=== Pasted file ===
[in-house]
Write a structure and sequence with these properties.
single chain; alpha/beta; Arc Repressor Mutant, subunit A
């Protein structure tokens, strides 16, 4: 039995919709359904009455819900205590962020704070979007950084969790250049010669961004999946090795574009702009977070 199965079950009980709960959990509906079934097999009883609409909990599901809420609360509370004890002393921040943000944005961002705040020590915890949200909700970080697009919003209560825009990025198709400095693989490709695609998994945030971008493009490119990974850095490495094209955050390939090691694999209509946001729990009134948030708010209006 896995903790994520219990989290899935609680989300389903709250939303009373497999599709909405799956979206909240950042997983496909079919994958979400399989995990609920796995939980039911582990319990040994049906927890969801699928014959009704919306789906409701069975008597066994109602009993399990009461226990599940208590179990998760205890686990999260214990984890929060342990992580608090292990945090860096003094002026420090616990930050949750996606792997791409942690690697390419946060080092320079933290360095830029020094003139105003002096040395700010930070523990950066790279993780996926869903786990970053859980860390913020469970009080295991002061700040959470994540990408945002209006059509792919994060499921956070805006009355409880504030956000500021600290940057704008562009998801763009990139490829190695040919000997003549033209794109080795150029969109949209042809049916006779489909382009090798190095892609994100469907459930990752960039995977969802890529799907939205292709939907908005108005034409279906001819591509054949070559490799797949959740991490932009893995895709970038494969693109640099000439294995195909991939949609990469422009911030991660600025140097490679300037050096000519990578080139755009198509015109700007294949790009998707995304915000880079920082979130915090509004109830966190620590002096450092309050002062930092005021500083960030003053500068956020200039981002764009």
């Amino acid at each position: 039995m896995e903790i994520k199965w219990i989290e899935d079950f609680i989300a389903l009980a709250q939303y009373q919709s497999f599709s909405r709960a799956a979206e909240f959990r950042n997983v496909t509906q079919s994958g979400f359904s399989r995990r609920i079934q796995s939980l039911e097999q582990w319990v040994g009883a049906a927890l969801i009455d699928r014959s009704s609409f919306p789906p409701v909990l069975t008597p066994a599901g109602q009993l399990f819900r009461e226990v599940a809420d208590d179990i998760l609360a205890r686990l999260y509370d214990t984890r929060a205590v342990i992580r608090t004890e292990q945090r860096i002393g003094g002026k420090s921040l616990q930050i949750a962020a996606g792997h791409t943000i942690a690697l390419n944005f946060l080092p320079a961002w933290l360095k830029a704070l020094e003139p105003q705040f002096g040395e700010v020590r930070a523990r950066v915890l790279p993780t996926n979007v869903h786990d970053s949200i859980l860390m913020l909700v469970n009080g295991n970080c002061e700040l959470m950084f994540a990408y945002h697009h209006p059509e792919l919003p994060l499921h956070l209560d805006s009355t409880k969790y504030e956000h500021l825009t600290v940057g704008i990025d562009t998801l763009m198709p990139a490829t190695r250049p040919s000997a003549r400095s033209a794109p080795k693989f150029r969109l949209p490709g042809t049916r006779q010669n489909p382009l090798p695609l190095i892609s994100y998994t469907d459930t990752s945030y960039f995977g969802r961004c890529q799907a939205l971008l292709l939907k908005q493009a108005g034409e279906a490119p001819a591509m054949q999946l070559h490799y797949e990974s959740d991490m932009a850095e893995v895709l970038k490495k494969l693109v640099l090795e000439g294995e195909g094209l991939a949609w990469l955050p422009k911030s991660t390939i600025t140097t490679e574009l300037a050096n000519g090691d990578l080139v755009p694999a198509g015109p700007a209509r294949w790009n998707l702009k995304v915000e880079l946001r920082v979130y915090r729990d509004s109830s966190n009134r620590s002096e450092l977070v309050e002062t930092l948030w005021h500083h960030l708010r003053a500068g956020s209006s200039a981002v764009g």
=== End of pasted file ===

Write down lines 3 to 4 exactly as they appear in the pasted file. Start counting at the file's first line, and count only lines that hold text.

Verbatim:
single chain; alpha/beta; Arc Repressor Mutant, subunit A
């Protein structure tokens, strides 16, 4: 039995919709359904009455819900205590962020704070979007950084969790250049010669961004999946090795574009702009977070 199965079950009980709960959990509906079934097999009883609409909990599901809420609360509370004890002393921040943000944005961002705040020590915890949200909700970080697009919003209560825009990025198709400095693989490709695609998994945030971008493009490119990974850095490495094209955050390939090691694999209509946001729990009134948030708010209006 896995903790994520219990989290899935609680989300389903709250939303009373497999599709909405799956979206909240950042997983496909079919994958979400399989995990609920796995939980039911582990319990040994049906927890969801699928014959009704919306789906409701069975008597066994109602009993399990009461226990599940208590179990998760205890686990999260214990984890929060342990992580608090292990945090860096003094002026420090616990930050949750996606792997791409942690690697390419946060080092320079933290360095830029020094003139105003002096040395700010930070523990950066790279993780996926869903786990970053859980860390913020469970009080295991002061700040959470994540990408945002209006059509792919994060499921956070805006009355409880504030956000500021600290940057704008562009998801763009990139490829190695040919000997003549033209794109080795150029969109949209042809049916006779489909382009090798190095892609994100469907459930990752960039995977969802890529799907939205292709939907908005108005034409279906001819591509054949070559490799797949959740991490932009893995895709970038494969693109640099000439294995195909991939949609990469422009911030991660600025140097490679300037050096000519990578080139755009198509015109700007294949790009998707995304915000880079920082979130915090509004109830966190620590002096450092309050002062930092005021500083960030003053500068956020200039981002764009």